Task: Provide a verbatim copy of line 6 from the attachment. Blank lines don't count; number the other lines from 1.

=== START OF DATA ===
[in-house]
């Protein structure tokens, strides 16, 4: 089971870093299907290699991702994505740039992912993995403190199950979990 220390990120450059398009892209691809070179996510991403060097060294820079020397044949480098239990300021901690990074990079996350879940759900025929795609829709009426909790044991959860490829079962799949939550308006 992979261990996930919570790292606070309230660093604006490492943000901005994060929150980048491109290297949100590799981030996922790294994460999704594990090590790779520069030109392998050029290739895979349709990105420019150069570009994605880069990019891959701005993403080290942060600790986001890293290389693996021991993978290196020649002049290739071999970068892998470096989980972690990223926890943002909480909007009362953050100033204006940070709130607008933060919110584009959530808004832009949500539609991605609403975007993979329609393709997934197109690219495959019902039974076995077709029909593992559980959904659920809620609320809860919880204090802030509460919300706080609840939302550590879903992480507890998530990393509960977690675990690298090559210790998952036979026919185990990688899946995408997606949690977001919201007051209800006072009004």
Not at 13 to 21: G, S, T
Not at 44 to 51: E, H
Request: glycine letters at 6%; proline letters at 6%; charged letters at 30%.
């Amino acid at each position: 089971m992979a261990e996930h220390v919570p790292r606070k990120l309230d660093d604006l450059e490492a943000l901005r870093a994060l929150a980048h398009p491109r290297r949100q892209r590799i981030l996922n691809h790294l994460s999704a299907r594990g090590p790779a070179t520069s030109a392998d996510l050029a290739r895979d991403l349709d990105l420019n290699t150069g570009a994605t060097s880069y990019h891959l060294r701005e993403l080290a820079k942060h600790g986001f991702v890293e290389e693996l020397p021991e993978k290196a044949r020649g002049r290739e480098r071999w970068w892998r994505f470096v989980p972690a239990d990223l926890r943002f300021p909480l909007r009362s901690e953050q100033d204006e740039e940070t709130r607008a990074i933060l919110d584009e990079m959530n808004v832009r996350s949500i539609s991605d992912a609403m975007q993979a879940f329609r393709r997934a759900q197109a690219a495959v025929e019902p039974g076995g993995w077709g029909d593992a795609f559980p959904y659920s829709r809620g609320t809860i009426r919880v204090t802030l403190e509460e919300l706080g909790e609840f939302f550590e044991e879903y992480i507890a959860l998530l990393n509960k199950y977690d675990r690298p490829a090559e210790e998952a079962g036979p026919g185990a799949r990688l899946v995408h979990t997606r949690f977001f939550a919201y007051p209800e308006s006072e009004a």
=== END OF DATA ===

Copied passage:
């Amino acid at each position: 089971m992979a261990e996930h220390v919570p790292r606070k990120l309230d660093d604006l450059e490492a943000l901005r870093a994060l929150a980048h398009p491109r290297r949100q892209r590799i981030l996922n691809h790294l994460s999704a299907r594990g090590p790779a070179t520069s030109a392998d996510l050029a290739r895979d991403l349709d990105l420019n290699t150069g570009a994605t060097s880069y990019h891959l060294r701005e993403l080290a820079k942060h600790g986001f991702v890293e290389e693996l020397p021991e993978k290196a044949r020649g002049r290739e480098r071999w970068w892998r994505f470096v989980p972690a239990d990223l926890r943002f300021p909480l909007r009362s901690e953050q100033d204006e740039e940070t709130r607008a990074i933060l919110d584009e990079m959530n808004v832009r996350s949500i539609s991605d992912a609403m975007q993979a879940f329609r393709r997934a759900q197109a690219a495959v025929e019902p039974g076995g993995w077709g029909d593992a795609f559980p959904y659920s829709r809620g609320t809860i009426r919880v204090t802030l403190e509460e919300l706080g909790e609840f939302f550590e044991e879903y992480i507890a959860l998530l990393n509960k199950y977690d675990r690298p490829a090559e210790e998952a079962g036979p026919g185990a799949r990688l899946v995408h979990t997606r949690f977001f939550a919201y007051p209800e308006s006072e009004a």